View Full Version : Fluctuating Radio Frequency
06-08-2001, 03:21 AM
This is just something that has been bugging me for a while. I listen regularly to one FM radio station at home. The transmission frequency is 101.90 MHz. However it is very rarely that. It seems to fluctuate between 101.75 and 102.00 MHz. I am wondering why this is, what would affect the radio frequency.
Now for a bit of geography - We are only 5 km from the transmitter in a straight line, however there is a huge block of granite (extinct volcano) inbetween so we generally have to bounce the signal of a nearby mountain. The antenna is underneath the veranda, so is somewhat wind protected.
Because of bouncing the signal, I would expect the frequency to change somwhat, but I think that the signal should be consistantly on one side of the main frequency or the other, not oscillating. DOes anyone have any ideas?
Thank you for any posts.
06-08-2001, 06:08 AM
You haven't mentioned what type of receiver you are using. In your position, I would supect the receiver more than the transmitter. Normal home receivers are not reliable as a frequency standard. The oscillators can wander, and generally do. If you have one with a mechanical dial, then temperature and humidity variations can change the tuning components enough that the mechanical scale is incorrect. On receivers with a digital indicator, there are several possibilities. One is that the tuning knob directly controls the receiver frequency and the display is driven by a frequency counter. In this case, temperature changes can cause the counter to be inaccurate. The other possibility is that the display is driven by a digital controller that also generates a control voltage for the oscillator. In this case, the controller shows the frequency and for some reason (heat, humidity, etc,) the oscillator doesn't hit the correct frequency, so that you have to tell the controller to generate a different frequency in order for the oscillator to hit the right one. The final possibility is that you have a PLL controlled receiver, and the reference oscillator frequency is not stable (again, heat or maybe vibration.)
Forget about the reflection causing the frequency changes. That requires either a moving source or a moving reflector, or a moving receiver. Broadcast antennas are normally pretty stable, and I can't see your mountain moving (or vibrating) to such an extreme that it could change the frequency as much as you indicated. You may also have noticed that when driving your car you don't have to retune your radio when you stop or when you speed up again.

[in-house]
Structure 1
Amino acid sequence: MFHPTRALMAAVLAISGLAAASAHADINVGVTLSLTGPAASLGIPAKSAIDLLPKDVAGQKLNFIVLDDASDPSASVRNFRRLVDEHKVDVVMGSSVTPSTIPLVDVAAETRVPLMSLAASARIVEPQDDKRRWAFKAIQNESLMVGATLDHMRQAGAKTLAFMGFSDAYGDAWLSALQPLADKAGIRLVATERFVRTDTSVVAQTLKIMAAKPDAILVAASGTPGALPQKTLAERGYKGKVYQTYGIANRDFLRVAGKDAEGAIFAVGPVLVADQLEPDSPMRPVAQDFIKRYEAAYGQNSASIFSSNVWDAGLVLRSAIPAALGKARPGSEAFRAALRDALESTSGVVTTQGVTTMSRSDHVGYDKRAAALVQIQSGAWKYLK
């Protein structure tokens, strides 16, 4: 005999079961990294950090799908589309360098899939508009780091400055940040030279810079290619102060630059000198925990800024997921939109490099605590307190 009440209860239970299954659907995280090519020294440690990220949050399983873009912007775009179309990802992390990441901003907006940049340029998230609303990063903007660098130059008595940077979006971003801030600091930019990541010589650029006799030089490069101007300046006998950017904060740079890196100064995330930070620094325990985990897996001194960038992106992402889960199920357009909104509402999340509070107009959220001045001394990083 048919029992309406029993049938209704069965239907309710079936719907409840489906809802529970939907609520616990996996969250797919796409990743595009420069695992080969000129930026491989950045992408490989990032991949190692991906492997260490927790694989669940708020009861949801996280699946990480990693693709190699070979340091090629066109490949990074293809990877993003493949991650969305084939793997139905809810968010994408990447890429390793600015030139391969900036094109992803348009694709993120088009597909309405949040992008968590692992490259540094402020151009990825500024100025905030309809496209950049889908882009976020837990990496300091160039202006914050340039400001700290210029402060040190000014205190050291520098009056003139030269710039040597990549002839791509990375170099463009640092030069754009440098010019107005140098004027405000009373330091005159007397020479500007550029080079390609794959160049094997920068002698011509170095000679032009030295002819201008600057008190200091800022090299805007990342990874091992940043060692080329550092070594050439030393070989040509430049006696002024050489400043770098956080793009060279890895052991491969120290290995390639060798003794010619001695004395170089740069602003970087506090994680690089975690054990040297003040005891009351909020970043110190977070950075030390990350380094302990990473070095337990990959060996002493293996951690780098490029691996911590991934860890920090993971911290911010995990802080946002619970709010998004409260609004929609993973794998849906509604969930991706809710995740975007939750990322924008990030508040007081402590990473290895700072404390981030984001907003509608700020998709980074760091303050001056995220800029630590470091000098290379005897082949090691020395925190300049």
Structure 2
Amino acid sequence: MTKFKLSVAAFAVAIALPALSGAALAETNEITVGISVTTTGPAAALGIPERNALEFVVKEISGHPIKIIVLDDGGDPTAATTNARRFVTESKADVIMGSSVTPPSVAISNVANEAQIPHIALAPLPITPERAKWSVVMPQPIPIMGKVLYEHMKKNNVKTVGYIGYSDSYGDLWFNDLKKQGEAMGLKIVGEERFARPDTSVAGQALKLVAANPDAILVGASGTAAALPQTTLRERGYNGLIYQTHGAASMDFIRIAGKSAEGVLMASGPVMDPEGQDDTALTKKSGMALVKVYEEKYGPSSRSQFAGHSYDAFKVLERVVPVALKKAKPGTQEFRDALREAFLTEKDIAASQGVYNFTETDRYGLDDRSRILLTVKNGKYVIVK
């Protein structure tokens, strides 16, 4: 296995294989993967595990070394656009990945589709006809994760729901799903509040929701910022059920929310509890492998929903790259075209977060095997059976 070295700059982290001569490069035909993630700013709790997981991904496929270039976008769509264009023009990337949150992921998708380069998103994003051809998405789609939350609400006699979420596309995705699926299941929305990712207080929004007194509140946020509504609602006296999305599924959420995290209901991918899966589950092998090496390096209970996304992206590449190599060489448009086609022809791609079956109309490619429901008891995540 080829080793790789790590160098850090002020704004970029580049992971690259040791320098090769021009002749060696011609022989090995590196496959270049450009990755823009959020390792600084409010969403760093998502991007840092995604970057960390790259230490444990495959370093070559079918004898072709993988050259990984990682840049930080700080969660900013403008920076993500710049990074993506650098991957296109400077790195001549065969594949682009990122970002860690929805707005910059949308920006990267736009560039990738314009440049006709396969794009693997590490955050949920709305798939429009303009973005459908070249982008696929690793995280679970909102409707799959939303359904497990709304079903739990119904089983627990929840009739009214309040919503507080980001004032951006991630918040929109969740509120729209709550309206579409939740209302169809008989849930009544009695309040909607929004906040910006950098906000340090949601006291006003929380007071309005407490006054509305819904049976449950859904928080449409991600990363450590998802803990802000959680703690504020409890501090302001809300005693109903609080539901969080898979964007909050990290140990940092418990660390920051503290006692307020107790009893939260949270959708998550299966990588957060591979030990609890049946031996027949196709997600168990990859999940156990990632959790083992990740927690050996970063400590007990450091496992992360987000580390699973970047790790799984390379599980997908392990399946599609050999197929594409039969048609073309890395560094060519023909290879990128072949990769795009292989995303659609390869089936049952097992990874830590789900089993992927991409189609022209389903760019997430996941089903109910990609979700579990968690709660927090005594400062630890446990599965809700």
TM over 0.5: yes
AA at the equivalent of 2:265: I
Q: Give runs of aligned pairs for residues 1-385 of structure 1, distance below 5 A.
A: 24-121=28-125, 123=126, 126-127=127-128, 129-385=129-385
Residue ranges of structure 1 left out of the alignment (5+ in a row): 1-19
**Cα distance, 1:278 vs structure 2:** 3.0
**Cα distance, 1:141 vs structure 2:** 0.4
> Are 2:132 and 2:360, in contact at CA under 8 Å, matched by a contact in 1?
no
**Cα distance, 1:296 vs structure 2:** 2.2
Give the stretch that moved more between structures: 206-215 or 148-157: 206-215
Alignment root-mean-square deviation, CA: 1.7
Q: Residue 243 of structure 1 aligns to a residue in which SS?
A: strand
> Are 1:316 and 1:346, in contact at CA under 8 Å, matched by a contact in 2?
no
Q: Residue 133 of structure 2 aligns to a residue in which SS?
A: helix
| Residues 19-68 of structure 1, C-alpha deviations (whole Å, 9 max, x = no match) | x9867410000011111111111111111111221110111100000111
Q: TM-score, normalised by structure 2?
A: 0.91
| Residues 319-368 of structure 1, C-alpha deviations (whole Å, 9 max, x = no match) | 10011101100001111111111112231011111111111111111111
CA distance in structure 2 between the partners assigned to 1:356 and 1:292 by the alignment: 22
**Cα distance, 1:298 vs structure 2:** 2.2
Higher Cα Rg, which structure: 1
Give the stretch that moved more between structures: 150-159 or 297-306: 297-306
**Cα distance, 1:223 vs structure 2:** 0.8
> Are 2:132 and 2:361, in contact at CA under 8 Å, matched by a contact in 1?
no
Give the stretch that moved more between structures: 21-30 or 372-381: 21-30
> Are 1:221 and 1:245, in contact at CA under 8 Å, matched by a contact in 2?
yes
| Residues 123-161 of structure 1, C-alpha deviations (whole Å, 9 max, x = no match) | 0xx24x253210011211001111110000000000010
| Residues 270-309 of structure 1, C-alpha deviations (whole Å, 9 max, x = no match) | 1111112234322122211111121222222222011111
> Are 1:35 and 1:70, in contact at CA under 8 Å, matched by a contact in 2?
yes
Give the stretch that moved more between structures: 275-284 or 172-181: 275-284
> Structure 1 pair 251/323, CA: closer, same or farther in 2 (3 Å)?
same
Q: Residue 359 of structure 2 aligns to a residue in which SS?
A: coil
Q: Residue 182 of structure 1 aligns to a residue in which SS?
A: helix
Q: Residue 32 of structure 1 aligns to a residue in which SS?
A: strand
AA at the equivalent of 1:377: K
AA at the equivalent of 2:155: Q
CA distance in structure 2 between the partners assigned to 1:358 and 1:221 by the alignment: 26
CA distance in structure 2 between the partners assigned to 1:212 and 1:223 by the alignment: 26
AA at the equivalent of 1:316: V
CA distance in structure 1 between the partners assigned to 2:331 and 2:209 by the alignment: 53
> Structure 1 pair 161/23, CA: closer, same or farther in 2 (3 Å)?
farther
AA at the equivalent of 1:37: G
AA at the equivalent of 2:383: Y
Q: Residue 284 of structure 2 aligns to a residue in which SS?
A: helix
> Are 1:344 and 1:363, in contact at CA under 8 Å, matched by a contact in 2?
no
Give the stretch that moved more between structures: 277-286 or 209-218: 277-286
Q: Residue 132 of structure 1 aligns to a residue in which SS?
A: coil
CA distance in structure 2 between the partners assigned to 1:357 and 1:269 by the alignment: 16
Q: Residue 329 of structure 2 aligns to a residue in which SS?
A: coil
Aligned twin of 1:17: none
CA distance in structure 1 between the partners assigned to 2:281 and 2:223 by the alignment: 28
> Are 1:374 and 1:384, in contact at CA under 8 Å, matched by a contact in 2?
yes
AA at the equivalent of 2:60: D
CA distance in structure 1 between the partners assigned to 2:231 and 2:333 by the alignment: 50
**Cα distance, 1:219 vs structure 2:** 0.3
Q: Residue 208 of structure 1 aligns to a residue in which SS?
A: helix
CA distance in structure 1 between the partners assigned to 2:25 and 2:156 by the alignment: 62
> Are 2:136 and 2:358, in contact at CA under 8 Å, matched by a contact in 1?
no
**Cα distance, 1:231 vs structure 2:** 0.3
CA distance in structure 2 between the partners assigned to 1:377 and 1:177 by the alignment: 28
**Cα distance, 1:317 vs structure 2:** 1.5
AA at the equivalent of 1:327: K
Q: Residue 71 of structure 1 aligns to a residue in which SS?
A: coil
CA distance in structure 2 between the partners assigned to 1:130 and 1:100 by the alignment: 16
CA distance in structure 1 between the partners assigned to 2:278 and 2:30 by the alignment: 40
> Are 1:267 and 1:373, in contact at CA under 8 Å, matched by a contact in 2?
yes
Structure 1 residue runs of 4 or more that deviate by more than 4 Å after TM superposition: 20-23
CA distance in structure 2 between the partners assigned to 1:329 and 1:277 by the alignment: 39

BTW: This is how police radar guns work - they shoot radio waves at you and measure the frequency change of the reflected signal. The change is so small that they have to use some very sophisticated methods to measure it. The frequency changes you give would equate to very high speeds indeed. Thousands of miles an hour or more, I would think. My physics books are at home (posting from work) so I don't have the doppeler equations handy to figure it.
06-10-2001, 01:33 AM
Thanks for that Mort Furd,
I know that it is this particular reciever. We have several radios in the house, and it is only the most expensive and dedicated one that this happens to. It also has the largest antenna. Our house is climate controlled (or at least in winter like now) and so that mainly leaves the humidity affecting the circuits. It is a digital reciever and tuner with heaps of options (most of which I don't use).
So again, thanks. The reason I was asking if was the radio frequencies was because this is the most sophisticated radio we have and we can tune it to a much higher degree, so maybe the other radios aren't as sensitive. Also, it only seems to happen to the one station.
06-10-2001, 02:10 AM
The effect of speed is so slight in this situation thatit wouldn't be a problem. I would think it the fault of the feed line u are using. If u have a semi expensive setup, check the coax cable leading out, that can cause some strange problems.
From ham radio user:
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